Look out Hollywood–Here come’s Birmingham

Felicia Willson
Felicia Willson

ComebackTown is published by David Sher to begin a discussion on a better Birmingham.

Today’s guest blogger is Felicia Willson.  If you’d like to be a guest blogger, please click here.

I’m a Southern California native. I’ve worked on one of the best shows in television history: NBC’s The West Wing.

I’ve spent the last 20 years immersed in the land of lights, camera, action, and I’m here to tell ya, if you want to make a movie or a television show, the place to do it is… Birmingham, Alabama.

When I say that to people here in Los Angeles, they furrow their brow and question the availability of crew, equipment, actors, and sound stages. These are legitimate concerns, as the city does not have the same film making infrastructure as Hollywood, New York, or Atlanta (yet). It does, however, have vital qualities those cities do not equally possess: character, originality, and a friendly, welcoming spirit.

My producing partner Josh Daugherty and I are seizing upon the blossoming world of short-form digital entertainment by producing a web series. We both live in the City of Angels with ample access to actors, equipment, and crew, so it would seem a no-brainer to shoot our series NOBODY in our own backyard. In the early stages of writing, that was indeed our plan, but upon our first visit to Birmingham, we threw those plans out the window. We experienced first hand that the city was exactly what it claimed to be: Magic. It was clear that “It’s nice to have you in Birmingham” is more than a slogan; it’s a genuine sentiment.

With a Birmingham native as our guide, we were introduced to a myriad of folks, who upon hearing about our project, eagerly responded with “What can I do? How can I help?” Our meeting with Create Birmingham assured us that despite the town not yet being a Mecca for film making, it has every ability to get the job done. Their knowledge and willingness to assist in location scouting, acquiring crew, and securing permits left us with the utmost confidence that making Birmingham the home for our series was the right decision.

L.A., New York, and Chicago are rich with all the necessary film making tools, and consequently each of those cities have been represented ad nauseam on the screen. Our series is set in Birmingham because it’s a part of the country people rarely see, and they should see it. Not as it was, but as it is.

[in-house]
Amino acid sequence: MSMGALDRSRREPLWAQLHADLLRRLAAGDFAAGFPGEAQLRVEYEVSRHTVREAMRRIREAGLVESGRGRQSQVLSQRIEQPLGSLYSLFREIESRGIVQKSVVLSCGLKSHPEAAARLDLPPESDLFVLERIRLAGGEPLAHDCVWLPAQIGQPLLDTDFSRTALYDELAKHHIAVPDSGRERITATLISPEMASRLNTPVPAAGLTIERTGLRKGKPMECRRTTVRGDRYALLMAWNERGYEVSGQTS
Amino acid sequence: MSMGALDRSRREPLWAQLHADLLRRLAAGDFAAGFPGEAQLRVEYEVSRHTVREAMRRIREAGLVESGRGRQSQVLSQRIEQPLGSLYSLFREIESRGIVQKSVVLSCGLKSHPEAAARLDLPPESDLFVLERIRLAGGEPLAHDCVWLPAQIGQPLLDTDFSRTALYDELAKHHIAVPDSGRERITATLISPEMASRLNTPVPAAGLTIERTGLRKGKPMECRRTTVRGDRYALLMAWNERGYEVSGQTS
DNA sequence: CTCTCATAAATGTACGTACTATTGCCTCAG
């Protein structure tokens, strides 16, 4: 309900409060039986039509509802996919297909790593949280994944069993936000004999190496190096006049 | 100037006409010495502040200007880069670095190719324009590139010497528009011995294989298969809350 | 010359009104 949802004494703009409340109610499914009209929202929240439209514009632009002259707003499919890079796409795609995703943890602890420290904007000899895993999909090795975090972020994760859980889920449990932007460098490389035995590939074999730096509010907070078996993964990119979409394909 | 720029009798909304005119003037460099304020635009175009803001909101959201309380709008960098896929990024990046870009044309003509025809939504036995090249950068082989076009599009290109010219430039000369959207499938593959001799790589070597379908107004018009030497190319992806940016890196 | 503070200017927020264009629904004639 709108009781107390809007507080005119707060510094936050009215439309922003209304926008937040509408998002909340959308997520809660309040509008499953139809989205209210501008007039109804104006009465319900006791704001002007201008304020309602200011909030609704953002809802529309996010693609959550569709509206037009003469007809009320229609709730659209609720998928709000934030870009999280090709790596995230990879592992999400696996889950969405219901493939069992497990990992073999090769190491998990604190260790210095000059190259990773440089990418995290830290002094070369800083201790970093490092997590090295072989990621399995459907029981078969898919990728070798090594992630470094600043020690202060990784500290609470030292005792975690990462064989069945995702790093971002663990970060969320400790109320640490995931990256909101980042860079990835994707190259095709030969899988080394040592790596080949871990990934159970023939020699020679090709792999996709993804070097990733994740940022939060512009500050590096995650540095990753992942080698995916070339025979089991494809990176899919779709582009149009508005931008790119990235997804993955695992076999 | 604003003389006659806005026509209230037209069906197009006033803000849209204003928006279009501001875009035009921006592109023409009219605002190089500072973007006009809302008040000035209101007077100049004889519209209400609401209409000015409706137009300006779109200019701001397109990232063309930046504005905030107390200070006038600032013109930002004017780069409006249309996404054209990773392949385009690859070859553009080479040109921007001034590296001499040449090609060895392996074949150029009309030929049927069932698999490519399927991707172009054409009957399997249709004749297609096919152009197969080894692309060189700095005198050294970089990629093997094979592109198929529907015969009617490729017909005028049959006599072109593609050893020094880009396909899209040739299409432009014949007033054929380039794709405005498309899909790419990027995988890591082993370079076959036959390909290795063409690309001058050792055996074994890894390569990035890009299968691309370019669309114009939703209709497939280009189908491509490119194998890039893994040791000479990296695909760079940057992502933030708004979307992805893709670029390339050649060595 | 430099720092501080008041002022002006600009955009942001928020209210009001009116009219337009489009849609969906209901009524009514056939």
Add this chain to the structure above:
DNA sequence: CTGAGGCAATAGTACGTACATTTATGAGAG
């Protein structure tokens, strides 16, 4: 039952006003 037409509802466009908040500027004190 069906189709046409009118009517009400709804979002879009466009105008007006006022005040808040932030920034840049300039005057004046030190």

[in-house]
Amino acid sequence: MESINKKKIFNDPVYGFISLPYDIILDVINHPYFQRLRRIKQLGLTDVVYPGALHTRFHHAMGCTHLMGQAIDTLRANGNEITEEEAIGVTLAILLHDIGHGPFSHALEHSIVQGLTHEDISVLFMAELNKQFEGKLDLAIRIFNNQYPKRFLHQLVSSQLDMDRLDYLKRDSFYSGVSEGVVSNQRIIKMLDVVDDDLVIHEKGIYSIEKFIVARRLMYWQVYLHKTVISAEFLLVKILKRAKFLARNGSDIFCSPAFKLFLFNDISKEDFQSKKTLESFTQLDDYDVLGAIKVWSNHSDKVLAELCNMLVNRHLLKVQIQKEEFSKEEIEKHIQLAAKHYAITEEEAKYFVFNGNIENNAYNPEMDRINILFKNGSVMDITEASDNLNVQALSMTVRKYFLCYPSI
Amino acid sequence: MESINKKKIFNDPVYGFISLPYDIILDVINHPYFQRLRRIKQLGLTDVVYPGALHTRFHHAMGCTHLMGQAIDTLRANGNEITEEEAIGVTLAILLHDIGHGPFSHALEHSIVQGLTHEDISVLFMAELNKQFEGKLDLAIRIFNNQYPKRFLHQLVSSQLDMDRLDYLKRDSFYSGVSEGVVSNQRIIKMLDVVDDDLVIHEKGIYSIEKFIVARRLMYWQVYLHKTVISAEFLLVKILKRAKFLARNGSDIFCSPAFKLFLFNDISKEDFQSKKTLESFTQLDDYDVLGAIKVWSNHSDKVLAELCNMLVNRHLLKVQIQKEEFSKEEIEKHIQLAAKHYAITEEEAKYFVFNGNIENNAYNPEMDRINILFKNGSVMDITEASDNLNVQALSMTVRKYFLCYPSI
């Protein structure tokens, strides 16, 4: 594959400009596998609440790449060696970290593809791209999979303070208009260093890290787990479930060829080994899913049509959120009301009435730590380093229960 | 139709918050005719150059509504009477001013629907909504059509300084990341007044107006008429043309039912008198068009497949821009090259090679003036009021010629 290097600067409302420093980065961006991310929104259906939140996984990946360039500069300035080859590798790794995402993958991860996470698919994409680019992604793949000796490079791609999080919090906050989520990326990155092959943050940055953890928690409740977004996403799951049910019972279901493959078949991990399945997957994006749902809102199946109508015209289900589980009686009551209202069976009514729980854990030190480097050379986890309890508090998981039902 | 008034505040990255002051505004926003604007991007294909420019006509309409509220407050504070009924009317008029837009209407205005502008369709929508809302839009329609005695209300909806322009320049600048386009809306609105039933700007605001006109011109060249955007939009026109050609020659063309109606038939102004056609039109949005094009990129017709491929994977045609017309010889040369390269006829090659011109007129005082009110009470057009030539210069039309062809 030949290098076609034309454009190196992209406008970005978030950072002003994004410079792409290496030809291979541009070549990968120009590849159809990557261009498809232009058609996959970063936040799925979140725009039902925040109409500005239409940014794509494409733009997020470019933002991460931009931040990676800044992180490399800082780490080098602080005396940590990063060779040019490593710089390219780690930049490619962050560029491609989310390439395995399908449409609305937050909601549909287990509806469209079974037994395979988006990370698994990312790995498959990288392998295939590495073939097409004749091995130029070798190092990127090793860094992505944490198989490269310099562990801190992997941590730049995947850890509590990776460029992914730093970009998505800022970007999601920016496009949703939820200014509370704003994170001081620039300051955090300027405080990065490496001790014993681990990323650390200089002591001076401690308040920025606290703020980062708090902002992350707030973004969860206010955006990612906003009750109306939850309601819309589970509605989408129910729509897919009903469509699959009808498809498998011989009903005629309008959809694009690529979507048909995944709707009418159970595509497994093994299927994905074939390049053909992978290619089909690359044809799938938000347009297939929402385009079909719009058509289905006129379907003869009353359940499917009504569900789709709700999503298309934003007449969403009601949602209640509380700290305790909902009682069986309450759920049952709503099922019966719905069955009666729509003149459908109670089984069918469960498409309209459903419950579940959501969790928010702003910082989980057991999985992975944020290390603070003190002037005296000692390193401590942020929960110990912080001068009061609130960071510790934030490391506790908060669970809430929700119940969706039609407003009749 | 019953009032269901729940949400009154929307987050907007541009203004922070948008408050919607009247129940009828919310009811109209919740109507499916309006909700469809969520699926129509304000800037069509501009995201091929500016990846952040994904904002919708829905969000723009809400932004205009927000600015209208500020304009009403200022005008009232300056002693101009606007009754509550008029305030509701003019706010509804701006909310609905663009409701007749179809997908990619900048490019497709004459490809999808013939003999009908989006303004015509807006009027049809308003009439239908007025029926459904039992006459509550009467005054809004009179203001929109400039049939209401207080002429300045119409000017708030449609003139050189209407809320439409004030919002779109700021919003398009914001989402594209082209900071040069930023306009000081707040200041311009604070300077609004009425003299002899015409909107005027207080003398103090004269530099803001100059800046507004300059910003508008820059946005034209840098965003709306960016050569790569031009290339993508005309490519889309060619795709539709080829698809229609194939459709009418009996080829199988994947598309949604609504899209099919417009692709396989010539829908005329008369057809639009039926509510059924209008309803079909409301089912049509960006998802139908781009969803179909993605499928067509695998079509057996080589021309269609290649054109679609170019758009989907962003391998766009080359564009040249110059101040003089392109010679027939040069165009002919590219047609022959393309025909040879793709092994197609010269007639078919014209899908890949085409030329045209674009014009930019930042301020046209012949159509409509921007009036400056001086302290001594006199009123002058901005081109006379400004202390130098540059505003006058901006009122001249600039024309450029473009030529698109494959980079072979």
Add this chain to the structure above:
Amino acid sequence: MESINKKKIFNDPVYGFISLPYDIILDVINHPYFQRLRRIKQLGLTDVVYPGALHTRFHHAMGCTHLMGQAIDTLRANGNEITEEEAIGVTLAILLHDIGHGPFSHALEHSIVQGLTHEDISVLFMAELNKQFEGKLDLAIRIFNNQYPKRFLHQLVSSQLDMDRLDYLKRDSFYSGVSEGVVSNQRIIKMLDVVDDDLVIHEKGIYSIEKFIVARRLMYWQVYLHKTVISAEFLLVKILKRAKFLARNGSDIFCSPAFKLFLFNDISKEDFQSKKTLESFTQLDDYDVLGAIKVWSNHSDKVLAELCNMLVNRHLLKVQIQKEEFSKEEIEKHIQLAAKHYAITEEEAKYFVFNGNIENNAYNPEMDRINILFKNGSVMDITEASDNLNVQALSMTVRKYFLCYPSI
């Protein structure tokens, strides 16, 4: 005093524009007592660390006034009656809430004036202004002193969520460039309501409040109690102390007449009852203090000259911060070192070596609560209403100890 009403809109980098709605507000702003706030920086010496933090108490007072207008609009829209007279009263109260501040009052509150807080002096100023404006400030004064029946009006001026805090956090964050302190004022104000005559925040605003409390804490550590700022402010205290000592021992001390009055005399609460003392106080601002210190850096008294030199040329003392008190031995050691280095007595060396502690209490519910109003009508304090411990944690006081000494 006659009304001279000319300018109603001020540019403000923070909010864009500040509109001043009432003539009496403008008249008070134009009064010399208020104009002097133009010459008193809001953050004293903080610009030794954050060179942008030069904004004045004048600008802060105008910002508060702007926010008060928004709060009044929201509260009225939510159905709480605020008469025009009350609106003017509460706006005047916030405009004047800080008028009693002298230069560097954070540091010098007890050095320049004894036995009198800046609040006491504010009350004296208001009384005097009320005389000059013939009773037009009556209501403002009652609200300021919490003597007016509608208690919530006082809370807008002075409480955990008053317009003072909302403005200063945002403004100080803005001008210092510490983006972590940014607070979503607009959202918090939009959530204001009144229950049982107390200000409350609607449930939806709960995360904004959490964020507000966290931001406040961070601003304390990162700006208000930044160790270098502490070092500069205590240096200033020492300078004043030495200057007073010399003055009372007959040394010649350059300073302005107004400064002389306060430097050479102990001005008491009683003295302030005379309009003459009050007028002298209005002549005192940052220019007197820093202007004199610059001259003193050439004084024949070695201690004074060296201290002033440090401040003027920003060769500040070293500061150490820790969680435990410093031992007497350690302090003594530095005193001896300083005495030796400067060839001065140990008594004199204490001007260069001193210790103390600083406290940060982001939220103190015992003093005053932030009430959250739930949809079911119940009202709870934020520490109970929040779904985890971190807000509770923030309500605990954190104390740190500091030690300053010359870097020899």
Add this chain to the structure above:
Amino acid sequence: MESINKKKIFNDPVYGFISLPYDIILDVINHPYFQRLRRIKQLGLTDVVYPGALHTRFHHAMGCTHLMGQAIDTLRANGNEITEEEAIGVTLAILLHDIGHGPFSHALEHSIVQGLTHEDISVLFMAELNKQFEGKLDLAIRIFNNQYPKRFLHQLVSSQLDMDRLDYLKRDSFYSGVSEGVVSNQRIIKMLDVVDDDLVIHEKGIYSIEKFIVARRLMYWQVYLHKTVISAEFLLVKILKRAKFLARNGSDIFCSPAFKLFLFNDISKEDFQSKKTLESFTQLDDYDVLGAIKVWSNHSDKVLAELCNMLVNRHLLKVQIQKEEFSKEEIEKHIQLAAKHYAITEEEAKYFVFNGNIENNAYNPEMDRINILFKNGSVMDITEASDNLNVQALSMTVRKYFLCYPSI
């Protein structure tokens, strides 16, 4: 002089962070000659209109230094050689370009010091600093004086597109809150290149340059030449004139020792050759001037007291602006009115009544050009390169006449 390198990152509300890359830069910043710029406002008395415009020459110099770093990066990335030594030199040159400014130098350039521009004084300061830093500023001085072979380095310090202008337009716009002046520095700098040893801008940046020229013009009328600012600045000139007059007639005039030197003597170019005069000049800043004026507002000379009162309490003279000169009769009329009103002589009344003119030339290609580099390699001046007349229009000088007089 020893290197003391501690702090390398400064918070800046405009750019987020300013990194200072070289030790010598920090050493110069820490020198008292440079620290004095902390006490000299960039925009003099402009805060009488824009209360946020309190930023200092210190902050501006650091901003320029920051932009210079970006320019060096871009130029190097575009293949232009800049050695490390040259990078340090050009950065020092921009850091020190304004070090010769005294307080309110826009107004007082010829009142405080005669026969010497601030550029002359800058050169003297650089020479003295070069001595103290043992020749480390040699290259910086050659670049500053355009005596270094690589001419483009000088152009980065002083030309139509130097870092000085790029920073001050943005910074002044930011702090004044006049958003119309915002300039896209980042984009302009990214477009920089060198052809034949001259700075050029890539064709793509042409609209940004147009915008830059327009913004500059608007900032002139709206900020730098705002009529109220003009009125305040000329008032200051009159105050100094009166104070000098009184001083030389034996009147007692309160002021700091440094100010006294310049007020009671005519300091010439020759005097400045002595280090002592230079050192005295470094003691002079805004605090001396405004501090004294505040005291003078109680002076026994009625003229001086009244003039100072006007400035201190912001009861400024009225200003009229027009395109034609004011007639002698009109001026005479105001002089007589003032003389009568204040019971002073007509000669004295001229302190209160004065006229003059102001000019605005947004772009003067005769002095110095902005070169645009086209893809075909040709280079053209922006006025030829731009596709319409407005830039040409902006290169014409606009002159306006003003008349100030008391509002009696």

For some, Birmingham conjures up images of racist bombings, Bull Conner, and fire hoses, but that was not the image in my mind. I’m not one to condemn current reality based on past sins. In all honesty, I had no perception of Birmingham – it simply was not on my radar.

It is now.

Yes, there is a history of a persistent culture of segregation, but within that history there was also a tenacious culture of determination, courage, and an unquenchable thirst for justice. That courage, that ability to overcome, remake, re-brand, and revitalize is the spirit I see in Birmingham, which makes it an ideal location for us to shoot our project.

NOBODY is an independent endeavor that requires passion, enthusiasm, and a willingness to roll up one’s sleeves and dive in.  I’ve spoken with other producers who have shot projects in the city and, independently of one another, they relayed that their crews were the nicest, friendliest, most hard working people they have ever worked with.

Those producers used Birmingham because of the state tax rebate, inexpensive locations, and the uniqueness and variety of scenery allowing them to replicate other cities. The upcoming film Let There Be Light shot in Avondale, Cahaba Heights, and at the Lyric Theatre – all doubling as Manhattan and New England. Bigger, a new film shooting in Birmingham this month, will use the city to double Montreal, New Jersey, and Los Angeles.

Urban, suburban, or rural, Birmingham can be whatever it needs to be. But it’s the people of Birmingham that are the true appeal. I have no doubt that Birmingham will soon rival Atlanta in beckoning film crews to the Southeast.

Sound stages can be built in a year’s time. More prop, camera, equipment, and post houses can be established fairly quickly. Character, charm, and enthusiasm and are not so easily constructed. Birmingham has spent decades cultivating those qualities.

“If you build it, they will come.” Birmingham built it, so we are coming.

Felicia Willson is a television writer and contributor to The Federalist. When she’s not writing, she’s running. Depending on the day, she does one to avoid doing the other.

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David Sher is Co-Founder of AmSher Compassionate Collections.  He’s past Chairman of the Birmingham Regional Chamber of Commerce (BBA), Operation New Birmingham (REV Birmingham), and the City Action Partnership (CAP).

Invite David to speak to your group about a better Birmingham. dsher@amsher.com

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